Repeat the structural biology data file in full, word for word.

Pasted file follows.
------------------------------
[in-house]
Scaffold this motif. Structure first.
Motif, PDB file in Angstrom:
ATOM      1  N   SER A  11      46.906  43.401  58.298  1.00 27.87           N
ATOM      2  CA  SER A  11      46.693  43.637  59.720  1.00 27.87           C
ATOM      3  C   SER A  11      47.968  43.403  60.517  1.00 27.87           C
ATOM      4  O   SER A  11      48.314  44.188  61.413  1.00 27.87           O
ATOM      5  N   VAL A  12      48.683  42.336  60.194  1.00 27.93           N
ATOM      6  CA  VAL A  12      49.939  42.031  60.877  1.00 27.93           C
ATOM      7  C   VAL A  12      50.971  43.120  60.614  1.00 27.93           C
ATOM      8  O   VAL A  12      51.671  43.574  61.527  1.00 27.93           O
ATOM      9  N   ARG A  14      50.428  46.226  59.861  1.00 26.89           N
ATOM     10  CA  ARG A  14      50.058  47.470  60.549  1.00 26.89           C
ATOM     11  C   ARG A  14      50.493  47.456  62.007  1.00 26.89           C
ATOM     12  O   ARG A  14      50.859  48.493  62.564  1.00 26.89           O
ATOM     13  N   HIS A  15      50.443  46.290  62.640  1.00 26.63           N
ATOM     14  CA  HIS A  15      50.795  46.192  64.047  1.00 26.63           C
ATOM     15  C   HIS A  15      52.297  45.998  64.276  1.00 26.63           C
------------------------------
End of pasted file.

[in-house]
Scaffold this motif. Structure first.
Motif, PDB file in Angstrom:
ATOM      1  N   SER A  11      46.906  43.401  58.298  1.00 27.87           N
ATOM      2  CA  SER A  11      46.693  43.637  59.720  1.00 27.87           C
ATOM      3  C   SER A  11      47.968  43.403  60.517  1.00 27.87           C
ATOM      4  O   SER A  11      48.314  44.188  61.413  1.00 27.87           O
ATOM      5  N   VAL A  12      48.683  42.336  60.194  1.00 27.93           N
ATOM      6  CA  VAL A  12      49.939  42.031  60.877  1.00 27.93           C
ATOM      7  C   VAL A  12      50.971  43.120  60.614  1.00 27.93           C
ATOM      8  O   VAL A  12      51.671  43.574  61.527  1.00 27.93           O
ATOM      9  N   ARG A  14      50.428  46.226  59.861  1.00 26.89           N
ATOM     10  CA  ARG A  14      50.058  47.470  60.549  1.00 26.89           C
ATOM     11  C   ARG A  14      50.493  47.456  62.007  1.00 26.89           C
ATOM     12  O   ARG A  14      50.859  48.493  62.564  1.00 26.89           O
ATOM     13  N   HIS A  15      50.443  46.290  62.640  1.00 26.63           N
ATOM     14  CA  HIS A  15      50.795  46.192  64.047  1.00 26.63           C
ATOM     15  C   HIS A  15      52.297  45.998  64.276  1.00 26.63           C